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Video clip synopsis – Liz Jacka provides a brief history of the debate on how to establish television broadcasting in Australia. Tim Bowden recalls the enthusiasm with which Australians embraced television.
Year of production - 2005
Duration - 4min 4sec
Tags - broadcasting, change and continuity, culture, family life, media and society, popular culture, script writing, television, television programs, see all tags


Launch of TV

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About the Video Clip


The interviews with Liz Jacka and Tim Bowden were recorded for the website From Wireless to Web, produced in 2005.

Liz Jacka is an Author and Professor in Communications Studies for the Faculty of Humanities & Social Sciences at the University of Technology Sydney. Tim Bowden is a broadcaster, radio and delivision documentary maker, oral historian and author. You can view their full biographies at From Wireless to Web

The website is a selective history of broadcast media in Australia. Decade by decade, from radio and newsreels to TV and the internet, this history shows how the Australian broadcast media developed and shaped the way Australians see themselves.

From Wireless to Web is a Film Australia production in association with Roar Film.

Curriculum Focus


In this English unit students will:

  • learn about and discuss the introduction of television in Australia, and to relate its development to their own lives
  • research and write an informative essay
  • draft and edit a play script
  • rehearse a play reading.

Curriculum links
National: The Statements of Learning for English- Year 9

Reading, viewing and interpreting information and argument texts

  • Students read and view texts that entertain, move, parody, investigate, analyse, argue and persuade. These texts explore personal, social, cultural and political issues of significance to the students’ own lives.
  • Students understand that readers and viewers may need to develop knowledge about particular events, issues and contexts to interpret texts.


  • When students write information or argument texts, they make appropriate selections of information from a few sources and attempt to synthesise and organise these in a logical way.
  • Students write imaginative texts in print and electronic mediums that contain personal, social and cultural ideas and issues related to their own lives and communities and their views of their expanding world.

This resource is relevant to Media Studies- Audiences, History of media forms, Media and society, Representation and TV scripts.

These are extracts only. Teachers and students should consult their state’s curriculum and learning programs.
Go to The National Curriculum Statements for English

Background Information


On 16 September 1956 the test pattern on Sydney’s TCN9 gave way to a grainy black-and-white image of presenter Bruce Gyngell speaking the first words uttered on Australian television: “Good evening ladies and gentlemen, welcome to television”. (O’Regan)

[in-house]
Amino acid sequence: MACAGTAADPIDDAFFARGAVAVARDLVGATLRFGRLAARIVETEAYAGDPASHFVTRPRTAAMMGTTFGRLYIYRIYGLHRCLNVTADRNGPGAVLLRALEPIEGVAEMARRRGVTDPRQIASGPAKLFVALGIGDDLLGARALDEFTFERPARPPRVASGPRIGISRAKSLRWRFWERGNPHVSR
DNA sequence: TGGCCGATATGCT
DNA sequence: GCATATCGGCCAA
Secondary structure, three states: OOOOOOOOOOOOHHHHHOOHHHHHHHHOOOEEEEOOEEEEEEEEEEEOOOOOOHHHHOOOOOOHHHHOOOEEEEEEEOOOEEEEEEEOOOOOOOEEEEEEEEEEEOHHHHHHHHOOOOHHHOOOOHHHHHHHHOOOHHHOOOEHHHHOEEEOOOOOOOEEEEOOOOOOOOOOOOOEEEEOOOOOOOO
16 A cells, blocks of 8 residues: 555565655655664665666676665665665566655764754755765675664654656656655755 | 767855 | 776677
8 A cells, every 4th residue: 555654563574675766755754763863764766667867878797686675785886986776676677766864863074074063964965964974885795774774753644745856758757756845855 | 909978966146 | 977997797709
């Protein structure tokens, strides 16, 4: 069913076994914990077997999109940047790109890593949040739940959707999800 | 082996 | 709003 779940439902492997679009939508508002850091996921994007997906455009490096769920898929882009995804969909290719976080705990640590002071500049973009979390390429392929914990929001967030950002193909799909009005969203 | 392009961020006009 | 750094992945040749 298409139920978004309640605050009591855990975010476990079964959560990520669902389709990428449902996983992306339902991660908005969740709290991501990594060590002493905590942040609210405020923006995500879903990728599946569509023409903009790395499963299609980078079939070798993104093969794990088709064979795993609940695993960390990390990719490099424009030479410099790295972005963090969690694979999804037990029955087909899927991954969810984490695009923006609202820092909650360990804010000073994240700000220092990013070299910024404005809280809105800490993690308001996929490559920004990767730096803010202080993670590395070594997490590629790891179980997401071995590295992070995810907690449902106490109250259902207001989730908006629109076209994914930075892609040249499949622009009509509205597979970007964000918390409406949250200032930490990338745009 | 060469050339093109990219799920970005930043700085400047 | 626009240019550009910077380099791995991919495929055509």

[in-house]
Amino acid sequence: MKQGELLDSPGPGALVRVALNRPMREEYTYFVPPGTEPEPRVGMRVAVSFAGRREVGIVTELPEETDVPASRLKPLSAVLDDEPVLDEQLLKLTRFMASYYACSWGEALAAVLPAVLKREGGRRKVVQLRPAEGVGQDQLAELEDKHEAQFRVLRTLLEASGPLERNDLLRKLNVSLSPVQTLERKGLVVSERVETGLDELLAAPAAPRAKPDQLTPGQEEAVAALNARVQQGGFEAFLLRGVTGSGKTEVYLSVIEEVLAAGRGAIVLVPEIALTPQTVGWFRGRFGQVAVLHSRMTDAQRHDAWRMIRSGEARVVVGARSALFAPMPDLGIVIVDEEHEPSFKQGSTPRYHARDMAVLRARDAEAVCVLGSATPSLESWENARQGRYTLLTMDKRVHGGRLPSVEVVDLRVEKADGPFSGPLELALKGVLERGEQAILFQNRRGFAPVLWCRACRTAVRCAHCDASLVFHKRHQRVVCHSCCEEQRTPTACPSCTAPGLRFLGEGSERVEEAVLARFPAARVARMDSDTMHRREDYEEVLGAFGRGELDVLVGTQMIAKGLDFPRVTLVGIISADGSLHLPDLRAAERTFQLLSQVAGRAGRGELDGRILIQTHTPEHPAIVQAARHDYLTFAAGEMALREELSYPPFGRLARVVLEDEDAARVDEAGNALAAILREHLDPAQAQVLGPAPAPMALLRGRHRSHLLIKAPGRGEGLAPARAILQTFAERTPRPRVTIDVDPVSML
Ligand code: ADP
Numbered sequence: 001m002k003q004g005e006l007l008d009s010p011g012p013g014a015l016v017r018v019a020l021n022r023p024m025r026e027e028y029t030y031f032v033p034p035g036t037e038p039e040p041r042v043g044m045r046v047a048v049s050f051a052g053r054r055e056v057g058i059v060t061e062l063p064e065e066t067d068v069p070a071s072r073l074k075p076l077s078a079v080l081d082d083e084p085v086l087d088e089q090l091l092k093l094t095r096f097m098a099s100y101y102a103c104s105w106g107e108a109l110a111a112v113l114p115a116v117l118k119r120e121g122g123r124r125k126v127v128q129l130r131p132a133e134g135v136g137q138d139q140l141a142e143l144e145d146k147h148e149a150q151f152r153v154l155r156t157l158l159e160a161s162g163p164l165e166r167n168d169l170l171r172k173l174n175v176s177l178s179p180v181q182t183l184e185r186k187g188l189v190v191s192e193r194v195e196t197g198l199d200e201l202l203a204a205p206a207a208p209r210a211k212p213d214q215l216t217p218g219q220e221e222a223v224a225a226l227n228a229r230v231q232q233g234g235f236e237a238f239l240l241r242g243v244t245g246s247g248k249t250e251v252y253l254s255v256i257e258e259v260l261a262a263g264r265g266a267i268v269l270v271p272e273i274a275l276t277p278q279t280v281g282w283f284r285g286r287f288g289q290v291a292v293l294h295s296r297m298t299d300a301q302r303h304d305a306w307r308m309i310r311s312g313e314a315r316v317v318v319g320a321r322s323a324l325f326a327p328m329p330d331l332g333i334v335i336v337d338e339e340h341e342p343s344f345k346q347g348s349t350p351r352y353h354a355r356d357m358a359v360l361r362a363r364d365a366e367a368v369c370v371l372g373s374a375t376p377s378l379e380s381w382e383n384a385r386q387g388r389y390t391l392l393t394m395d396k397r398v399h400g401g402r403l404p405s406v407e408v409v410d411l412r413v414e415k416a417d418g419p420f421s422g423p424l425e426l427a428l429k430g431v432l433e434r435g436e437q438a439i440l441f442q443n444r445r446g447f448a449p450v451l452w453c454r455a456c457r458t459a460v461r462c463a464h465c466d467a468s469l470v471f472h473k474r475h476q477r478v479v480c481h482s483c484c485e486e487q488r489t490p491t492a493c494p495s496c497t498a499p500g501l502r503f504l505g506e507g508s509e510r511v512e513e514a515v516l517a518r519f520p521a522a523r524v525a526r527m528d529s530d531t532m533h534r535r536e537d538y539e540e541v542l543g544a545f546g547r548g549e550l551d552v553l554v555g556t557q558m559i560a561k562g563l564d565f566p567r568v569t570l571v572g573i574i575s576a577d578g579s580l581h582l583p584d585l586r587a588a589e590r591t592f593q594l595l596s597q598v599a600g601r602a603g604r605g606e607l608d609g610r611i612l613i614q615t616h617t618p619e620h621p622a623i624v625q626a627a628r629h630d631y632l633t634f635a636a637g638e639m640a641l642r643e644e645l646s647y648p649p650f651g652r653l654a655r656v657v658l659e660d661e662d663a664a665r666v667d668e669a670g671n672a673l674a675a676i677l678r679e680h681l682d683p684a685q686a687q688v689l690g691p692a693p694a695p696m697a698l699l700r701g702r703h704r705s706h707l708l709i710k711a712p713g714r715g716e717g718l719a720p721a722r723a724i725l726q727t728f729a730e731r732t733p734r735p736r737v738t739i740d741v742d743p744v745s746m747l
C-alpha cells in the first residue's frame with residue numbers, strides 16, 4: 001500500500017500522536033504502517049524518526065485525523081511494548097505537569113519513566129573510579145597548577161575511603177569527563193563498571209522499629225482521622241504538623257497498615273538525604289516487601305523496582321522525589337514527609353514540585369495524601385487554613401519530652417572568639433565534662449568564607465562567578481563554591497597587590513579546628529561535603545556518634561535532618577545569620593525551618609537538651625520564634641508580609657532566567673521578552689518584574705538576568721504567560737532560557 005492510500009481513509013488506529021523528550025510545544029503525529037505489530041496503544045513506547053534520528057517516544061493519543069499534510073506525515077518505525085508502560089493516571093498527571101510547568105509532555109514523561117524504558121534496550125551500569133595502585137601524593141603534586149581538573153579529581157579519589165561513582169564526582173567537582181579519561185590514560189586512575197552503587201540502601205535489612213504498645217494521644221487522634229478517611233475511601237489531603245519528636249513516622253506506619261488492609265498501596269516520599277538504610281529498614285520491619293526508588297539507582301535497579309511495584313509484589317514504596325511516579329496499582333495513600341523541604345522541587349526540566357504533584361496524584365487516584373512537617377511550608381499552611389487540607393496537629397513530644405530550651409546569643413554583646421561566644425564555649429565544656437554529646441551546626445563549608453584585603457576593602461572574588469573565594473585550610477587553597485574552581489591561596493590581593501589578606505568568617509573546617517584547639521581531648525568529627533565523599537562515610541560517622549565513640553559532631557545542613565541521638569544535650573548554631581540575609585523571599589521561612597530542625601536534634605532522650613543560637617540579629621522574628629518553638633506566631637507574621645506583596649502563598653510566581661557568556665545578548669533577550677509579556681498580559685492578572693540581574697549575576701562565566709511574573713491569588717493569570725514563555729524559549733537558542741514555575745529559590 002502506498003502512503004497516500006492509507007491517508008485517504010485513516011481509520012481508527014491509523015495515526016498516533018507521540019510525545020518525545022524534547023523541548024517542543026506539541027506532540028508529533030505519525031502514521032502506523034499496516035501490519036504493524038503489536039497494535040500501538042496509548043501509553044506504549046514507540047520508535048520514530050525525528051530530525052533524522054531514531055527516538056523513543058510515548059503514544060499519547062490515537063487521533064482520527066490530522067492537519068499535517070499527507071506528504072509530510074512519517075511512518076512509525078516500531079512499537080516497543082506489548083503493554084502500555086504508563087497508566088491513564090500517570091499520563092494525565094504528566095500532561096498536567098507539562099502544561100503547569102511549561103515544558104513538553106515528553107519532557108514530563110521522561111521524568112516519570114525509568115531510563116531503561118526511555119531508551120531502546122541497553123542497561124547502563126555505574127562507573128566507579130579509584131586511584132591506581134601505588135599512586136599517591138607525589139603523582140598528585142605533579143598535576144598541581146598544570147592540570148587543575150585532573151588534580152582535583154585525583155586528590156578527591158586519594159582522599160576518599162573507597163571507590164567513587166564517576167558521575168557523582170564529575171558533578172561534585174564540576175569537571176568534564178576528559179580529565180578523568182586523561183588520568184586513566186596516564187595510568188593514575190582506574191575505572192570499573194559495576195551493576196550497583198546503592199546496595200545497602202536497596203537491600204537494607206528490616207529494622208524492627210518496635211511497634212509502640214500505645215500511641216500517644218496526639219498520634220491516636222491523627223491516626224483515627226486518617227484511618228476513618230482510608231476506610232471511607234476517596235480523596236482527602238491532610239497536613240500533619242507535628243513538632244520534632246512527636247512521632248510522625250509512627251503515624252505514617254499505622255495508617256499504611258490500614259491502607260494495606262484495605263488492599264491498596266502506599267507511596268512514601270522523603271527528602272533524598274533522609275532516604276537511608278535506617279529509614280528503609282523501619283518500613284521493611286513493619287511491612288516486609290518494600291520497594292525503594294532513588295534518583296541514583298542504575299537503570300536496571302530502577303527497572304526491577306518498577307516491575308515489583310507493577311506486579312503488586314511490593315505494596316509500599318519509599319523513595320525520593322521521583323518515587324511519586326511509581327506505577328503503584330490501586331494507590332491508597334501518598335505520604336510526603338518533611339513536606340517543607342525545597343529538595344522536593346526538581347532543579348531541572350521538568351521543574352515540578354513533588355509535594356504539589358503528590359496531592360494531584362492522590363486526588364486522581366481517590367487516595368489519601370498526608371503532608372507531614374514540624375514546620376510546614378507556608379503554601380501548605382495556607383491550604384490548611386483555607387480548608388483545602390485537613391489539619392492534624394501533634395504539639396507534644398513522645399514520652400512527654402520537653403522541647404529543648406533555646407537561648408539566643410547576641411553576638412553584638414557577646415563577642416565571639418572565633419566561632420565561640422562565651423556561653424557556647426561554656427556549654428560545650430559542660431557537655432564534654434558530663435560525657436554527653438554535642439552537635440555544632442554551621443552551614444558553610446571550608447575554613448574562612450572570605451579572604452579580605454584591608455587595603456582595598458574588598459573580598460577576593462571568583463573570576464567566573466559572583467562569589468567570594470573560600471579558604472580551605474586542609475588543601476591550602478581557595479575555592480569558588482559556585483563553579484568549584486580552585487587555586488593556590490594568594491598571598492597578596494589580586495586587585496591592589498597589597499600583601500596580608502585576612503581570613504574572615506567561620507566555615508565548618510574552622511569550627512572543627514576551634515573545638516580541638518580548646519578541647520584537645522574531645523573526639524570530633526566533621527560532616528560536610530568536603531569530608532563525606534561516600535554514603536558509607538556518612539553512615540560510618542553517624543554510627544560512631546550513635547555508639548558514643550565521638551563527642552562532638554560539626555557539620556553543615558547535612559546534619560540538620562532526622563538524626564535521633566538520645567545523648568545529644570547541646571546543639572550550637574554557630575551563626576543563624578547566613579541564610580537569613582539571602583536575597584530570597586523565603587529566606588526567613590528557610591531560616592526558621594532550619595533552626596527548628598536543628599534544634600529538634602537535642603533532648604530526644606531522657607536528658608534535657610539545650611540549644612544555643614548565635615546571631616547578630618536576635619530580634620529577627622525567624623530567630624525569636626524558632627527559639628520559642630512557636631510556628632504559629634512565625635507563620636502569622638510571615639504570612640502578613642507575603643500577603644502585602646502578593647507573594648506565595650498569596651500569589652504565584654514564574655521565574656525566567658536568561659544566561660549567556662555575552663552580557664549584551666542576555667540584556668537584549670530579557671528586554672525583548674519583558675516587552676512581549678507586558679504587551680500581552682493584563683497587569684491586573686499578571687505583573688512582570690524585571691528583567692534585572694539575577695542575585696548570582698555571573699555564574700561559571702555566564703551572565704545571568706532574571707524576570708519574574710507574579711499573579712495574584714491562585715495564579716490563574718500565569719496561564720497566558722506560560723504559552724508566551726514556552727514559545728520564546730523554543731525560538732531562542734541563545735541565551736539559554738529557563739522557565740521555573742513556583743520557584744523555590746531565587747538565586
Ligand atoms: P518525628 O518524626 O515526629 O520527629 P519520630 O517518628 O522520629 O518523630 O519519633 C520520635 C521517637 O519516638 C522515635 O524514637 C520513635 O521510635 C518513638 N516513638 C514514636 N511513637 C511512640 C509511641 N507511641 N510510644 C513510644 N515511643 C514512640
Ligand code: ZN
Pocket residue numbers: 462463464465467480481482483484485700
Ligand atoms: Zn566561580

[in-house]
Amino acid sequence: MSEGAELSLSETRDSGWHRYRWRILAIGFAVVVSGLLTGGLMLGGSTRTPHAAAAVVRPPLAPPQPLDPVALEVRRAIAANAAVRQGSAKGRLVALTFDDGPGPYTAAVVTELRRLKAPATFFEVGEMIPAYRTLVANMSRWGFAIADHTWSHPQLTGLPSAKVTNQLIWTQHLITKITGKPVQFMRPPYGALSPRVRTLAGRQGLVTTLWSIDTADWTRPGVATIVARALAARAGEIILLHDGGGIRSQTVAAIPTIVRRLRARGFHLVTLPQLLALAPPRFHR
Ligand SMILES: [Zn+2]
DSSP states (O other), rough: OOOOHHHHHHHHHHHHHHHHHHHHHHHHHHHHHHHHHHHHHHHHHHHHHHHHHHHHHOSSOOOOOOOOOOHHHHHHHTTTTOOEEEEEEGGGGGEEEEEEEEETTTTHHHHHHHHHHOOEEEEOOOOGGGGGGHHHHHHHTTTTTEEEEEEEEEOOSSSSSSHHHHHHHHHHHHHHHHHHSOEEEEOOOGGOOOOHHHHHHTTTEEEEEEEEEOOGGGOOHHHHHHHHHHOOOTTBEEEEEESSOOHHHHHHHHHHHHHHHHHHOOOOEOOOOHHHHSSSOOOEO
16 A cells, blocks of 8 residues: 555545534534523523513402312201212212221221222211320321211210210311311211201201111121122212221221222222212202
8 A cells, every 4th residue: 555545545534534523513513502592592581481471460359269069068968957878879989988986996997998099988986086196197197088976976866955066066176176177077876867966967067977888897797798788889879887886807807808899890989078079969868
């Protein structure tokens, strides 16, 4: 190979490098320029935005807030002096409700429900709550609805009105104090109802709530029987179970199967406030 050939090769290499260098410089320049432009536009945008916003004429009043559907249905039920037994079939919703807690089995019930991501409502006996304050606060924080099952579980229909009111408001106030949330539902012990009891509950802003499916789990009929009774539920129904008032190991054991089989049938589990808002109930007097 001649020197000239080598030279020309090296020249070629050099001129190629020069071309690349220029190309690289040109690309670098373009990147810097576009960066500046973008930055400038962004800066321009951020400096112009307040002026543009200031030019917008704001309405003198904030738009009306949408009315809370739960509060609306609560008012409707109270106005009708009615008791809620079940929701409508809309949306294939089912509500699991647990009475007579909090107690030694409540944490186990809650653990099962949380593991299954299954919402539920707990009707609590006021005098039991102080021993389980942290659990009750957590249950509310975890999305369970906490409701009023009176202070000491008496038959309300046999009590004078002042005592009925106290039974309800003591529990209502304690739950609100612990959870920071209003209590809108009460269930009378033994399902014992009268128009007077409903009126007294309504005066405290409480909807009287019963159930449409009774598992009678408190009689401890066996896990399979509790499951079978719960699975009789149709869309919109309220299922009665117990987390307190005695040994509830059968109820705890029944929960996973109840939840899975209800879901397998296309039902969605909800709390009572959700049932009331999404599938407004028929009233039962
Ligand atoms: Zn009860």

The Broadcasting and Television Act (1953) stated that “licensees shall, as far as possible, use the services of Australians in the production and presentation of radio and television programs”. At first, television was broadcast for only 22 hours each week. Local content for television was mostly low-cost variety and quiz shows.

HSV7 Melbourne and ABC-TV went to air in time for the November 1956 Melbourne Olympics. Other stations followed over two years: in Brisbane (QTQ and BTQ), Adelaide (ADS and NWS), Perth (TVW) and Hobart (TVT).

The ABC’s television service in Sydney (ABN2) launched in 1956 with a news bulletin read by James Dibble. Dibble continued as the ABC’s newsreader until 1983.

Classroom Activities

  1. Getting started
    As a class view the video clips then discuss and write notes on the following:
    1. Describe the kind of television broadcasting favoured by newspaper proprietors in the 1940s and 1950s, and how it differed from what the Australian Labor Party preferred
    2. What is the impact on entire societies when television is introduced to them?
    3. Describe the positive and negative effects of television viewing both on yourself and others.
  2. Researching the effect of TV on radio
    Research then write an informative essay article of 400–500 words on how the introduction of television in Australia affected radio broadcasting. Add a reading and viewing list of all your sources of information.
  3. Drafting a play script
    In pairs draft and edit a play script for a 5–10 minute scene set in a family home a year or so after the introduction of television in 1956. The parents have bought a new black and white TV set, installed an aerial, and you are all about to watch TV in your home for the first time. What happens? Write the dialogue and the stage instructions. (You may wish to research the programs that were screened on Australian TV in the 1950s.)
  4. Rehearsing a script reading
    With the help of other students in your class, carry out a rehearsal script reading, during which there may be discussion by all the readers about ways to develop the scene in terms of dialogue, plot situation, and characters. By group consensus incorporate changes and additions to the script.

Further Resources


Go to From Wireless to Web for more about the history of broadcast media in Australia.

Go to The History of Australian Television

Go to Australian Heritage Council, Radio and Television, 1905–1970, Australia: our national stories, linking a nation, Chapter 9

Go to National Film and Sound Archive, Early Australian television learning activity

Read Media new ways and meanings 3rd Ed. by Colin Stewart and Adam Kowaltzke. Jacaranda, Milton, QLD, 2008. Go to a sample of chapters online at Jacaranda Books Chapters 3, 6, 7 , 8 and 13 are highly recommended for this clip.